Mango Worms This work is considered exceptional by our editorial staff.

December 28, 2012
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I tell people to call me Max because it’s easy. I’ve never been one for patience. My maid vacuums the rug around my lifeless body, spices that seep from mahogany pores like patchouli incense. Profanity curdles my sentences into worms that fry on the sidewalk in afternoon sun. This is it. This is sadness.
I hold the purple flashlight with two hands ‘cause it’s heavy, the beam right on the pulsing wound. Cara’s father’s hands are sure, a comfort that mutes out the squeals of pain. Thick fingers comb through fur, feeling for the hard, smooth bumps. It’s a process. Steady pressure, harsh yelps, and then it’s over. The moist parasite squirms on white paper napkin stained with burnt orange kitten blood. He sets down the cat on Cara’s lap, who rubs Neosporin on the wound. “We’re not done,” He says. “There are about four on his tail.” The flashlight shakes.
We learn in psychology how people with split-brains have trouble making up their minds. It’s a medical procedure: severe epilepsy is like a lightning storm inside your head. One man reported buttoning a shirt with one hand and having the other hand unbutton the progress. Two people in one body. I imagine the shirt to be blue.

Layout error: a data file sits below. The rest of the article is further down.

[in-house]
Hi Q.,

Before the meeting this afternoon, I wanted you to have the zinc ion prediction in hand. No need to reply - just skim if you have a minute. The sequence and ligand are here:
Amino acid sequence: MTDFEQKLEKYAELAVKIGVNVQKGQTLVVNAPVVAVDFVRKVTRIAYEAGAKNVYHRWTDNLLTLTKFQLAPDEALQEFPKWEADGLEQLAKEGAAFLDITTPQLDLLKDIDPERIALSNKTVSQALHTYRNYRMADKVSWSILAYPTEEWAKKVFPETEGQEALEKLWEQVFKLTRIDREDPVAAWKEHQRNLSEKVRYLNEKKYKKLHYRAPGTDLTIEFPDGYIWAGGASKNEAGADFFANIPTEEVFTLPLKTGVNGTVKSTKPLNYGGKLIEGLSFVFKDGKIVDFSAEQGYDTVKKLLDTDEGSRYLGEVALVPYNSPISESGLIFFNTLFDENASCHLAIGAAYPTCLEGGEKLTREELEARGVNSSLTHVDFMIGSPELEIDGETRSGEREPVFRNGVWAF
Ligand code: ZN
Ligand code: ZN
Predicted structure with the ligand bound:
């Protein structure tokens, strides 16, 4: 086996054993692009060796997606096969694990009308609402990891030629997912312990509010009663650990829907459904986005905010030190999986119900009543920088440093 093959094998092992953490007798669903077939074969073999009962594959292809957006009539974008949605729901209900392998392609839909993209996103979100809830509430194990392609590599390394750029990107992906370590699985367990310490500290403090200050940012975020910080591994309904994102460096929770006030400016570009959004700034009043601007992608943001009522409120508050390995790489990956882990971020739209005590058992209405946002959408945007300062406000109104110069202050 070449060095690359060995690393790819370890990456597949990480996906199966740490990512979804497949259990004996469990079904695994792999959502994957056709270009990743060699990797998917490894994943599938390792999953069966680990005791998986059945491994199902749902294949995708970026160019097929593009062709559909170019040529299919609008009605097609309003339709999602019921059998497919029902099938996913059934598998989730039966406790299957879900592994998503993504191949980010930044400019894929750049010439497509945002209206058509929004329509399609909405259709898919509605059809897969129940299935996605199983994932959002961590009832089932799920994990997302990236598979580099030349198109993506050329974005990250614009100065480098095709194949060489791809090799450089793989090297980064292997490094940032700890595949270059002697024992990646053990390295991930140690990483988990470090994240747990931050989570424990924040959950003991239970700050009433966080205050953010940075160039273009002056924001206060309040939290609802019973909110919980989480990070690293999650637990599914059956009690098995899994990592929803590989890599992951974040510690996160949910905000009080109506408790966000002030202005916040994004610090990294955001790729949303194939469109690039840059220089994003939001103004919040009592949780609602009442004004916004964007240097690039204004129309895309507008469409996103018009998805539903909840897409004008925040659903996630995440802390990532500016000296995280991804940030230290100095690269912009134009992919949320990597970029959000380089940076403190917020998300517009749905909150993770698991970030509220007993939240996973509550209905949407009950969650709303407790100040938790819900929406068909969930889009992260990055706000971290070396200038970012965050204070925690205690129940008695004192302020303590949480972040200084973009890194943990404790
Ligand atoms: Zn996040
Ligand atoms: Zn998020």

The kitten squirms in Cara’s arms, violent jerks, screeches that echo louder than the television. Her father works quickly, knuckles white, the cream colored worm breaking the surface. “The big ones are easier to get out, but they leave a larger exit wound.” He explains to me. The kitten spasms, and Cara yelps. “Dad, he’s hurting me.” She weeps.
I call for help but no one hears me. I swim twelve laps in a green dirty pool and my displacement is zero. Cramping and out of breath, I haven’t gone anywhere. Stress bubbles over my forehead in pulsing red zits. I imagine them as mango worms, pasty plump, and I pop them all. The wounds sting. I rub Neosporin and flinch at my touch. Motor functions that react to sensory. I wish my brain was split. But this is it.
This is sadness.
The whole thing is over. Cara lies on the couch, blanket in her lap, rubbing the kitten on tearstained cheeks. My veins feel pinched, skin stretched tight over dense bones. A vacuum whirs behind closed doors. “Will he have trauma?” I ask her, voice catching, hands gripped around the flashlight. “No,” she whispers, soft kisses on his forehead, skinny red welts across her arms.
“They always forget.”

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